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Whereas delay in diagnosis is the major contributor to DKA in previously undiagnosed DM in younger children, omission of insulin in established DM is the leading cause of recurrent DKA and is most prevalent in adolescents. The omission of insulin may be intentional or inadvertent. There usually is an important psychosocial reason for omitting insulin in the adolescent. In adolescents, some 5% of patients account for more than 25% of all admissions for DKA [4]. DKA is more common in families who do not have ready access to medical care for social or economic reasons. Lower income and lower parental educational achievement are associated with a higher risk of DKA in the child [5]. Lack of health insurance also is associated with higher rates and greater severity of DKA at diagnosis, presumably because uninsured patients delay seeking timely medical care. The risk of DKA is increased in children who have poor control of their DM or have had previous episodes of DKA, in peripubertal and adolescent girls, in children or adolescents who have clinical depression or other psychiatric disorders, in children who have unstable home situations or family dynamics, and in children receiving insulin pump therapy [2]. The last is a significant risk factor for DKA: any malfunction in the delivery of insulin by the pump leads rapidly to complete insulin deficiency, because only short-acting insulin is used in pumps. Psychologic or physical stress or intercurrent infection also can contribute to the development of DKA in established DM, although these causes are not as common in children and adolescents who are followed closely by a diabetes care team. Pathophysiology of diabetic ketoacidosis A relative or absolute deficiency of insulin is the cause of DKA. The deficiency of insulin can be the result of beta-cell failure in the pancreas, omission of insulin in the established DM patient, or antagonism of its action by physiologic stress such as sepsis. With the obesity epidemic in civilized countries, cases of DKA are being seen increasingly in children who have type 2 DM with the metabolic syndrome, in which there is peripheral resistance to insulin rather than a true deficiency of insulin. A clue to the presence of type 2 DM is acanthosis nigricans [2]. Insulin is required for the active movement of glucose into cells as a source of energy. In the absence of insulin, the body goes into a catabolic state with breakdown of glycogen, protein, and fat in muscle, liver, and adipose tissue. Counterregulatory hormones such as glucagon, cortisol, growth hormone, and catecholamines stimulate glycogenolysis, gluconeogenesis, proteolysis, lipolysis, and ketogenesis in an attempt to provide more fuel to cells. Despite an excess of extracellular glucose, the cells sense a deficiency of fuel for metabolic needs. The brain, with at least 20% of the body’s total metabolic demands, cannot use fatty acids as fuel and presents a large and inescapable need for either glucose or ketones as fuel. Ketones produced by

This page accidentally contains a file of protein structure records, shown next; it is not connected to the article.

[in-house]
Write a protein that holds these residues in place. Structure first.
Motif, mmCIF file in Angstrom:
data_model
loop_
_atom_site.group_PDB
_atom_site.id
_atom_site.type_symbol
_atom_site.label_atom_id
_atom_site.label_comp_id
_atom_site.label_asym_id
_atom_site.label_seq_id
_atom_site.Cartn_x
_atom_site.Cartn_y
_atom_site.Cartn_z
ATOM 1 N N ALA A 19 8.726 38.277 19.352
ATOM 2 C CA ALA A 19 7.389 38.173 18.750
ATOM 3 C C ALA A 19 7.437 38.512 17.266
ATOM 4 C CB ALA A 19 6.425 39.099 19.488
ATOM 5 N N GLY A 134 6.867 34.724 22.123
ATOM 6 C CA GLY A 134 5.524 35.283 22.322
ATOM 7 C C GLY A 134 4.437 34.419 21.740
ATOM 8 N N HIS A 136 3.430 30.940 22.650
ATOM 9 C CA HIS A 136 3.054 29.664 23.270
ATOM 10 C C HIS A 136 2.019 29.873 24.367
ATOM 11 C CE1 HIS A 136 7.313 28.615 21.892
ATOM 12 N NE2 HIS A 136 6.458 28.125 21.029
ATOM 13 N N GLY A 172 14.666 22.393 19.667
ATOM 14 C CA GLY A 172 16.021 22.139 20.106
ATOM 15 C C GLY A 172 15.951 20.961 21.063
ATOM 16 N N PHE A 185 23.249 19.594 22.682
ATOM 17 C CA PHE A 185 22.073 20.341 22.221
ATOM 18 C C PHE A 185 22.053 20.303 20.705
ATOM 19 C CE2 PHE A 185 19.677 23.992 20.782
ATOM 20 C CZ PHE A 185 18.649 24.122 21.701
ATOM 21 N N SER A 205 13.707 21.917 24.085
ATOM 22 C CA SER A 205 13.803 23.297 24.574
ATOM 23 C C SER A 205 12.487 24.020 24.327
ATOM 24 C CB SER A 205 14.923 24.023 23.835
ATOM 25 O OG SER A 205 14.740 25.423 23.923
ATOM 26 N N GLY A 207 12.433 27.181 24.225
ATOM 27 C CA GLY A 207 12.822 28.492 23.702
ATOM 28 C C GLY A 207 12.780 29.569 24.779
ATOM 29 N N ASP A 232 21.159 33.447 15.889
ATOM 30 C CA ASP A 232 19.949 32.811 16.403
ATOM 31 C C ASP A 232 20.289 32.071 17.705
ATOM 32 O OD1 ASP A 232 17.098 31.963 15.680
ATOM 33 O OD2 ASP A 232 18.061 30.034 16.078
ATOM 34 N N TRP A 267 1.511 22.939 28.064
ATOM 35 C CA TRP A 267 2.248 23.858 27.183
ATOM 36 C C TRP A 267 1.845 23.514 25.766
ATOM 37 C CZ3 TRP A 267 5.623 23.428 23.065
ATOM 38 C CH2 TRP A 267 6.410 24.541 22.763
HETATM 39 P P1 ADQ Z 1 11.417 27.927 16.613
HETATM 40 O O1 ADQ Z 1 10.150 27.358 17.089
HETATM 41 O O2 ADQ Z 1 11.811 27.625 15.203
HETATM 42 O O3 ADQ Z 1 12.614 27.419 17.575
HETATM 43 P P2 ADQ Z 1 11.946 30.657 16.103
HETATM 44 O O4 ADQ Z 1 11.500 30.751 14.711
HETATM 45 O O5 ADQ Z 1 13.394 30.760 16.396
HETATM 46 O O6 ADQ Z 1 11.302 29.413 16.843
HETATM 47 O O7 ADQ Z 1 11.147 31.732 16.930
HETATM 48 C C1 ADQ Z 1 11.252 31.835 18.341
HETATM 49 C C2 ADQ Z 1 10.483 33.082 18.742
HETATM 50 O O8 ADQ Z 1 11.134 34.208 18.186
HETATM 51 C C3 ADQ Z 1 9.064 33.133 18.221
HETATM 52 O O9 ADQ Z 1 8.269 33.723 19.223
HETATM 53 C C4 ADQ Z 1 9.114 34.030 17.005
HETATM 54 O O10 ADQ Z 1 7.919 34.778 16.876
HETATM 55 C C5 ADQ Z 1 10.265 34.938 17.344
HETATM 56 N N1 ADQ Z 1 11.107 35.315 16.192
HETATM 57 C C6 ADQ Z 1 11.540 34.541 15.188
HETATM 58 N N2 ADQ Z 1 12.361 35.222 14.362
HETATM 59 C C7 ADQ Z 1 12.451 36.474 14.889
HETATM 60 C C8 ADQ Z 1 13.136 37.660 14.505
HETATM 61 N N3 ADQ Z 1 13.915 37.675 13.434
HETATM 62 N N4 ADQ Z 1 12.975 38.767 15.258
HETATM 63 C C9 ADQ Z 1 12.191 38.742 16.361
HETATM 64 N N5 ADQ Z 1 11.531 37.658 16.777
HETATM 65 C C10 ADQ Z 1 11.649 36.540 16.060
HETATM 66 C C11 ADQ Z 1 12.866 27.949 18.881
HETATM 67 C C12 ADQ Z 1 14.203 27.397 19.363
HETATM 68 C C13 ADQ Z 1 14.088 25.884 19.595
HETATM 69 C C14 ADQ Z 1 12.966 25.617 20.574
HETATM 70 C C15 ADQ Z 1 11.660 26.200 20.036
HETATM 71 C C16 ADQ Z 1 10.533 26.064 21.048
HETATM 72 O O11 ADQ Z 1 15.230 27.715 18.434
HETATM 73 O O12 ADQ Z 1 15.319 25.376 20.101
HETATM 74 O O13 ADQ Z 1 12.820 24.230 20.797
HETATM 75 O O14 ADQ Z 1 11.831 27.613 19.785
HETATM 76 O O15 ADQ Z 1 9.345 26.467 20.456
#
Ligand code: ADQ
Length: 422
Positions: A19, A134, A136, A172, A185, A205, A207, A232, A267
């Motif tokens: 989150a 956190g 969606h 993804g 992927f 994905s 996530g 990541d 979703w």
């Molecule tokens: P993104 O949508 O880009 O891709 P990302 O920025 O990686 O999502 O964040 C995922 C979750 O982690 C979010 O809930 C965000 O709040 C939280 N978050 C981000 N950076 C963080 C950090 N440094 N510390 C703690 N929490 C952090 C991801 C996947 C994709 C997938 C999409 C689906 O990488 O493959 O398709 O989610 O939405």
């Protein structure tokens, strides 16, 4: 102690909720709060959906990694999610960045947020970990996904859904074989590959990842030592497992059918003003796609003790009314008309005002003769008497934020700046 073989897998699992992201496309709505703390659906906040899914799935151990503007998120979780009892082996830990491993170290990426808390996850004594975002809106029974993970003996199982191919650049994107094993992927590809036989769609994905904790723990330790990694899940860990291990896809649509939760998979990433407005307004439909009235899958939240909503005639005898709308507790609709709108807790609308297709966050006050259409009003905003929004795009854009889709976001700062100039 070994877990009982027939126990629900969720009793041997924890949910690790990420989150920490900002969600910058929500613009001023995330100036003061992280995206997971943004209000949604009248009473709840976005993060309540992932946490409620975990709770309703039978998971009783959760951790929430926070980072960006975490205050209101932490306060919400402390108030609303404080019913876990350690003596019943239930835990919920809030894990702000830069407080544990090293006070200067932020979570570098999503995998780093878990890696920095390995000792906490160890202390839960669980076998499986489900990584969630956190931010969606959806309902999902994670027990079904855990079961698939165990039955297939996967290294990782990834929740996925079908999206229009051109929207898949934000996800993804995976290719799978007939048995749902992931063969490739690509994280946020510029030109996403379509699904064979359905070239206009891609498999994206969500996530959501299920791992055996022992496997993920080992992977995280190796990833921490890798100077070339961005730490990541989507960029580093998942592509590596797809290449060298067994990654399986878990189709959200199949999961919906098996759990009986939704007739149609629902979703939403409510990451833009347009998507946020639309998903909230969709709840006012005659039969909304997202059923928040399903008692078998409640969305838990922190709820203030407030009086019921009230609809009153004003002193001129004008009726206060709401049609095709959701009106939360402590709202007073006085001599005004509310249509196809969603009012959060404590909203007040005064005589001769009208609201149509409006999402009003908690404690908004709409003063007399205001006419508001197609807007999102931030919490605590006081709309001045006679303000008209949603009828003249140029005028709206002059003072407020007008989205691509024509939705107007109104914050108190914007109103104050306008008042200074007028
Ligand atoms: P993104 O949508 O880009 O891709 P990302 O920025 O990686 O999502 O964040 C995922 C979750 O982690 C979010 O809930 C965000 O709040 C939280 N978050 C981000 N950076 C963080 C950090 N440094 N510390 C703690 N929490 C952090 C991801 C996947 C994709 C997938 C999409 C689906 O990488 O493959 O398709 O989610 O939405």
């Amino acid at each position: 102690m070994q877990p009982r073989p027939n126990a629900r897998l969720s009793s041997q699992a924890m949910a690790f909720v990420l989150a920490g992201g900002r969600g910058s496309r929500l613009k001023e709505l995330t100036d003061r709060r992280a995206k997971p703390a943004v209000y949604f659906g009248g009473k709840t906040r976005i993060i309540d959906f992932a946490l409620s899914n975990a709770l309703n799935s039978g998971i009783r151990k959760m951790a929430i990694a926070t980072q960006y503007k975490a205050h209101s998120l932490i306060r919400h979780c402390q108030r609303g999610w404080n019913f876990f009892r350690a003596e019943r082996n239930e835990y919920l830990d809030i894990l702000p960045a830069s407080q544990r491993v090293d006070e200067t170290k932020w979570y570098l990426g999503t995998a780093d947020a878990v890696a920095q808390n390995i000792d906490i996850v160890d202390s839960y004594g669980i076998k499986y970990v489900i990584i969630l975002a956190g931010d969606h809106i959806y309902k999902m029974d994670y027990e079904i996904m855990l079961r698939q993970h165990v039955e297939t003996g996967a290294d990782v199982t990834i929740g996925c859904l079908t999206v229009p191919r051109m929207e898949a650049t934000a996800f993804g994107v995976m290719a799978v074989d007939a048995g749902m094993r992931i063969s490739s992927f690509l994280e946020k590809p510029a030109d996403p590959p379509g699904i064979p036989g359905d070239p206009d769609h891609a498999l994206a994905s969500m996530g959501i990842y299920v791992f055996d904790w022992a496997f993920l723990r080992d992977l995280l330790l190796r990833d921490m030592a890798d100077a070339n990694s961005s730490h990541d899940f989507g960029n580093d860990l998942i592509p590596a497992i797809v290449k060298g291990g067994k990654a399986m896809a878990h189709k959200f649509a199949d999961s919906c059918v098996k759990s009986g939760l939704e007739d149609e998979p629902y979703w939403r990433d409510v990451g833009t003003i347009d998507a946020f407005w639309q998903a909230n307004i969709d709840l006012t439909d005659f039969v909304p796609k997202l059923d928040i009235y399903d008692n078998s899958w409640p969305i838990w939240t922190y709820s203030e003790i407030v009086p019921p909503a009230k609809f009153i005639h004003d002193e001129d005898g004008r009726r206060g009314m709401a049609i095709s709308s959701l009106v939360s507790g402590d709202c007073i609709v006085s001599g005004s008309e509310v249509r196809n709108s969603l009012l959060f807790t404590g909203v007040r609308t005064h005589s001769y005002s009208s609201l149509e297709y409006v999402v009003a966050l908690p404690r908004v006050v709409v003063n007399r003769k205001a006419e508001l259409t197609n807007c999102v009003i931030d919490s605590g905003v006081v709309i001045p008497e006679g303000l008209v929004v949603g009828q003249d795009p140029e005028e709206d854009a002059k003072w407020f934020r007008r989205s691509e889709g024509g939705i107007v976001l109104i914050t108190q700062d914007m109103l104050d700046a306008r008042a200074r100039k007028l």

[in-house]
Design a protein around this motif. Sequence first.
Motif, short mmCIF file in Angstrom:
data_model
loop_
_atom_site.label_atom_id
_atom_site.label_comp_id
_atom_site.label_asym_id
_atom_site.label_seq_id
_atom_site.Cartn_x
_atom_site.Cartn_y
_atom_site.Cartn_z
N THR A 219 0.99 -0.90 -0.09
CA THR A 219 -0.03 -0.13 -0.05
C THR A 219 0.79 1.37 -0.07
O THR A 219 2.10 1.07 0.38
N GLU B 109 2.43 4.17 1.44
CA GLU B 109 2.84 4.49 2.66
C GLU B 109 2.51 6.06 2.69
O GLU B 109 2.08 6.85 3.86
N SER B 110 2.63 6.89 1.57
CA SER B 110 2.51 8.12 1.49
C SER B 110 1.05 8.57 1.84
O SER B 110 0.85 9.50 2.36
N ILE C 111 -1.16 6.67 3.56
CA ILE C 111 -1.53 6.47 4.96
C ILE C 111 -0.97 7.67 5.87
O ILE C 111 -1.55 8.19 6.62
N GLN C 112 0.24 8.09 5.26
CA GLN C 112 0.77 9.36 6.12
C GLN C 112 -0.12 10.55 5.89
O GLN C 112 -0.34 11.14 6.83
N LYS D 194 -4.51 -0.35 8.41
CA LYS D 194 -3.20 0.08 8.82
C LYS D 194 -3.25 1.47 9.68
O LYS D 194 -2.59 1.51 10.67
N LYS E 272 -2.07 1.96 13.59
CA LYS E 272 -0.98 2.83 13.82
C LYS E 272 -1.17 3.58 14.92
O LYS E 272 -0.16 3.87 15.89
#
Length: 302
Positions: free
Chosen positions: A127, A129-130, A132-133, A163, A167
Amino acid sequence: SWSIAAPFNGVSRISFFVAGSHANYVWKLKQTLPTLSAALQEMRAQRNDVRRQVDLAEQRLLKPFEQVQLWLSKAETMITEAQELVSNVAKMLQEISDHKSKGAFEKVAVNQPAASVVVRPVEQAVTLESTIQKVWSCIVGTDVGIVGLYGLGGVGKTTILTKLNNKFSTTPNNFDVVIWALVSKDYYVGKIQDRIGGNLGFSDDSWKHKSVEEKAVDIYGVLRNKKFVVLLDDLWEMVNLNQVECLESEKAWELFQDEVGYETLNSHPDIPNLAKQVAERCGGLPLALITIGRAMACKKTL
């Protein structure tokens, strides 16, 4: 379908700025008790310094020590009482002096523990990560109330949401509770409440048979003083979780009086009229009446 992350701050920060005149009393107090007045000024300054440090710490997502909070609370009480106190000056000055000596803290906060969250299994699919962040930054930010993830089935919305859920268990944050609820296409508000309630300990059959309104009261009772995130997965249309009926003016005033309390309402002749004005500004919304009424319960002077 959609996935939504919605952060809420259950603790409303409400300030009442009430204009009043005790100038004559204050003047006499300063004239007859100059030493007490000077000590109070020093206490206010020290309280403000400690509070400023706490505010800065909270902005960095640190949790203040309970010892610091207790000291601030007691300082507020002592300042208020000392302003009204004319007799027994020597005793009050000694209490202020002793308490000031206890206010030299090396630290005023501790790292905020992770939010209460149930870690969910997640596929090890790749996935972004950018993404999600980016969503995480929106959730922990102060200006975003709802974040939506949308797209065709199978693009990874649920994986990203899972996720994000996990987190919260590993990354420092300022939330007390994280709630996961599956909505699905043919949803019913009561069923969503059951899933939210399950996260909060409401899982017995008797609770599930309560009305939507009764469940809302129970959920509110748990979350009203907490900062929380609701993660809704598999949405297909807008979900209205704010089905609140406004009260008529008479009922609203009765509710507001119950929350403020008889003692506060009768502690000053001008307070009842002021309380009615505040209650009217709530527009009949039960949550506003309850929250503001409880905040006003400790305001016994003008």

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the hepatic oxidation of fatty acids in a state of insulin lack and excess glucagon stimulation provide an important energy source for the brain during DKA [6–8]. The most important perturbations seen in DKA are metabolic acidosis, hyperosmolality, dehydration, and electrolyte disturbances. An important hallmark of DKA is the metabolic acidosis caused by elevated plasma concentrations of the ketoacids acetoacetate and beta-hydroxybutyrate. Lack of insulin permits lipolysis to accelerate in adipose tissue, releasing long-chain fatty acids. In the liver, these fatty acids are shunted toward beta-oxidation and ketone production because of increased glucagon levels. Ketones normally stimulate insulin release and thereby inhibit lipolysis, but in the absence of this feedback loop extreme lipemia and ketonemia occur. Nonenzymatic decarboxylation of acetoacetate produces elevated acetone concentrations in plasma. Typically in DKA the ratio of beta-hydroxybutyrate to acetoacetate is about 3:1, but it may range up to 15:1 in severe DKA [9,10]. Acetone may represent 1.5 to 4 times the molar concentration of acetoacetate [11]. Acetone fills an important role as a buffer by continuous nonenzymatic conversion of acetoacetate to acetone and carbon dioxide. Acetone then is excreted in breath and urine in a ratio of 5:1, and the carbon dioxide is excreted in breathing. This mechanism removes about one fourth of the hydrogen ions generated by hepatic ketogenesis. Lactic acidosis secondary to hypoxia and/or poor tissue perfusion, shifts acetoacetate toward beta-hydroxybutyrate, reducing the body’s ability to eliminate ketoacids by the acetone route. Lactic acidosis occurs in large part from anaerobic glycolysis in hypoperfused tissues secondary to hypovolemia from osmotic diuresis. Measuring lactate and acetoacetate gives a crude indication of the relative proportions of these metabolic acids. Hyperchloremic metabolic acidosis also can be seen in DKA, most commonly as a result of aggressive intravenous fluid resuscitation with solutions containing large amounts of chloride [12]. The metabolic acidosis of DKA should not be treated with bicarbonate administration, because the hyperosmolar solution and the resultant paradoxical cerebral acidosis may contribute to the development of cerebral edema [13]. The hyperosmolar state induced by insulin deficiency is responsible for at least as much of the physiologic derangements seen in DKA as the ketoacidosis. The osmolality is estimated from the formula: Osmolality ¼ 2½Na þ ½K þ ½Glucose=18 þ ½BUN=2:8 where sodium and potassium concentrations are expressed in mEq/L and glucose and serum urea nitrogen (BUN) concentrations are expressed in mg/dL. In the typical child who has DKA, glucose is elevated about 400 mg/dL above normal, and the BUN is elevated by about 15 mg/dL. These elevations result in an additional osmolar load of about 22 and 5 mOsm/L, respectively.